Devin Booker And Kevin Durant’s Playmaking Has The Suns Rolling

The Phoenix Suns stumbled out of the gates to a 4-6 start, largely due to the absences of two of their three top stars. Bradley Beal has played in three games before returning to the injury report with a back injury, while Devin Booker missed eight games with a foot injury. That left a team that already had serious point guard concerns without their two best backcourt creators, and unsurprisingly, that wasn’t a recipe for success, despite some stellar play from Kevin Durant.

On November 15, Booker returned to the lineup against the Timberwolves and the Suns haven’t lost since. Phoenix is 7-0 with Booker back in the lineup (8-1 with Booker this season), and if he keeps up his current pace, he should find himself in the MVP conversation. Booker has taken full control of the Phoenix offense, putting to rest any question of whether he could thrive in the lead creator role for a top team. He’s averaging 29.4 points, 8.9 assists, and 5.4 rebounds per game with just 3.1 turnovers per game on the best shooting efficiency of his career (49.7/43.5/91.8 shooting splits). The scoring comes as little surprise, as he’s long been one of the league’s premier bucket-getters (and, for my money, has the most aesthetically pleasing jumper in the NBA), putting that shot-making on display to beat the Knicks without KD on Sunday night.

What has been most impressive to me has been his development as an on-ball playmaker and the conductor of an offense. Booker has played the point guard role before, but has never done it this well or this efficiently. In the two years before the arrival of Chris Paul, he was often in charge of running the offense and did so solidly, but had issues with turnovers and was often looking to score first and pass second. This season, you can see the improvement from him in terms of his feel for the game, patience, court-vision, understanding when to seek out his own shot, and how to keep everyone else fed too.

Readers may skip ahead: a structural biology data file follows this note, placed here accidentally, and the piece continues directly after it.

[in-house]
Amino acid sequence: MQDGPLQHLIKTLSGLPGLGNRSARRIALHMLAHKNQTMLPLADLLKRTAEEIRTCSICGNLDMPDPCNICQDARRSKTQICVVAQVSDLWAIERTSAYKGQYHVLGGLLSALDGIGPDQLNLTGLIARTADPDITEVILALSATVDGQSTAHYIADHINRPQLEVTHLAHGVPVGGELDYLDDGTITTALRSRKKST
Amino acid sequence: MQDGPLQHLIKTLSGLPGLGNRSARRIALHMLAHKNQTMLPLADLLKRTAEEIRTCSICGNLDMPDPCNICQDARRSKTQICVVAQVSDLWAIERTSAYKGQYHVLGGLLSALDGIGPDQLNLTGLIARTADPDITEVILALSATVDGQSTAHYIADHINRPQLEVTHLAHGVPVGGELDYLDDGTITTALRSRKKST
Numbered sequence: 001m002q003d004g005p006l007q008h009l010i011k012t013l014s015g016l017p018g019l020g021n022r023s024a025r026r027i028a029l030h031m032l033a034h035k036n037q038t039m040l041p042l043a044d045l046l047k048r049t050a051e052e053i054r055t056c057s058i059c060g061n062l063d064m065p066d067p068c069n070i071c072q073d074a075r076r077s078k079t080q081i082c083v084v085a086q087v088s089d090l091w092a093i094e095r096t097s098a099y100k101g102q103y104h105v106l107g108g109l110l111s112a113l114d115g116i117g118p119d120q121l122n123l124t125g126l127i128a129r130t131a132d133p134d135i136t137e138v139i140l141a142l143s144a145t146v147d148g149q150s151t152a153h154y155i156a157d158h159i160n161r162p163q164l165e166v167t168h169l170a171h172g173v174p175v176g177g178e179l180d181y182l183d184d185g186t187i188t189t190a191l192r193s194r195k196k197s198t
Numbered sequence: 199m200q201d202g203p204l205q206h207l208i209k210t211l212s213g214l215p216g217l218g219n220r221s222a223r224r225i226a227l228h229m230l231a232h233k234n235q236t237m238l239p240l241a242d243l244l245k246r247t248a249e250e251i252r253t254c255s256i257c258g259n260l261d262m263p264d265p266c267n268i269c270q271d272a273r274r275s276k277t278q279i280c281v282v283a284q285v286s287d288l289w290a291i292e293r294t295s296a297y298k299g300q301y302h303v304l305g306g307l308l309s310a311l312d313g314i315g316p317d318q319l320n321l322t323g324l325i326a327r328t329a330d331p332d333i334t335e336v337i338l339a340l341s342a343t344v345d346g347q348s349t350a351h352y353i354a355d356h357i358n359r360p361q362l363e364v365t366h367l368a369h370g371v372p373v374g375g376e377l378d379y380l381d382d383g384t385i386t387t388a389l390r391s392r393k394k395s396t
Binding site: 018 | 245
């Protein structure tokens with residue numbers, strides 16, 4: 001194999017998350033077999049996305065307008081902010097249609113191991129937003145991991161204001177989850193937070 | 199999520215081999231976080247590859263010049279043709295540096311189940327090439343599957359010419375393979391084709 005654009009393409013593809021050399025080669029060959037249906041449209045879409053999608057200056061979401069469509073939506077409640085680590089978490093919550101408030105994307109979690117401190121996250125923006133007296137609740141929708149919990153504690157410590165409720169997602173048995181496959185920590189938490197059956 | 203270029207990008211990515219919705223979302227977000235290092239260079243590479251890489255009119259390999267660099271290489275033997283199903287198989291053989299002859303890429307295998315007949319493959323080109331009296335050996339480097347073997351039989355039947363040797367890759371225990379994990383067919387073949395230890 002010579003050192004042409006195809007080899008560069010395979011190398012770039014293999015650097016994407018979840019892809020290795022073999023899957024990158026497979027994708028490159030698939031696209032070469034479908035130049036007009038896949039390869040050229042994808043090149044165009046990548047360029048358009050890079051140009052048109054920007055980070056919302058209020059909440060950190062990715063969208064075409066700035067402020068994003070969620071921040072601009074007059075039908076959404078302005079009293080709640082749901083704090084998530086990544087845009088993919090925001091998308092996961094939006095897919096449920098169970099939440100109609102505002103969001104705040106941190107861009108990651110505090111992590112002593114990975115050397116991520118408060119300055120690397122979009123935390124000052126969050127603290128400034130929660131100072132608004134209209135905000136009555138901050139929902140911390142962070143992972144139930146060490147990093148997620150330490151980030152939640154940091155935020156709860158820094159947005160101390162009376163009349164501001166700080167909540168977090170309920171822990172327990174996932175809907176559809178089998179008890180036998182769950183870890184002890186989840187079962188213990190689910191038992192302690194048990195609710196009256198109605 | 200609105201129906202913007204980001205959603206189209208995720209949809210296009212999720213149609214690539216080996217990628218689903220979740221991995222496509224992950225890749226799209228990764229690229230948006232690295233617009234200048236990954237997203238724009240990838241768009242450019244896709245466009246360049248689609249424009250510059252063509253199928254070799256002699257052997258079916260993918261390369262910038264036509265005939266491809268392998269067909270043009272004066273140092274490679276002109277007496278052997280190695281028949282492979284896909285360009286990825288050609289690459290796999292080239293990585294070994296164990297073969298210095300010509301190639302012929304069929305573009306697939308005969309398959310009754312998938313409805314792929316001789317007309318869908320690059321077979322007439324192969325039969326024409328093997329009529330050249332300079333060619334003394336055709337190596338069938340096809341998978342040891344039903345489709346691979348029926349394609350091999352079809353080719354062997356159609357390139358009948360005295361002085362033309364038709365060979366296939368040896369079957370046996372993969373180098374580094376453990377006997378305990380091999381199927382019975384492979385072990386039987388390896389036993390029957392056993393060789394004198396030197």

During this 7-game streak with Booker back in the lineup, Phoenix has averaged 3.4 more assists per game and 3.7 fewer turnovers per game than in the first 10 games of the season. Having Booker pulling the strings for the offense is the biggest reason for that improvement, as he has become an excellent facilitator. That growth shows up a lot when watching his drives to the paint, as he recognizes when help is coming off of his shooters and rifles passes into the shooting pocket on the outside and finds dropoffs inside to Jusuf Nurkic and his bigs.

Booker also has become quicker in his decision-making when doubles come his way on the perimeter, knowing where the open teammate will be based on where the second defender is coming from, and being decisive with his passes to exploit that space.

When Booker is on the floor, he has his fingerprints on everything and has been efficient at just about everything. His usage rate is 33.9 percent, the highest of his career. His true shooting percentage is 62.8 percent, the highest of his career. His assist percentage is an astronomical 47.7 percent (meaning when he’s playing, nearly half of the made shots by his teammates are coming off of passes from Booker), with a turnover rate of just 11.7 percent, the third lowest of his career (only behind two seasons playing with Chris Paul). What he’s doing is truly outrageous, and what makes the Suns so hard to stop is he’s not alone in taking strides as a playmaker for others.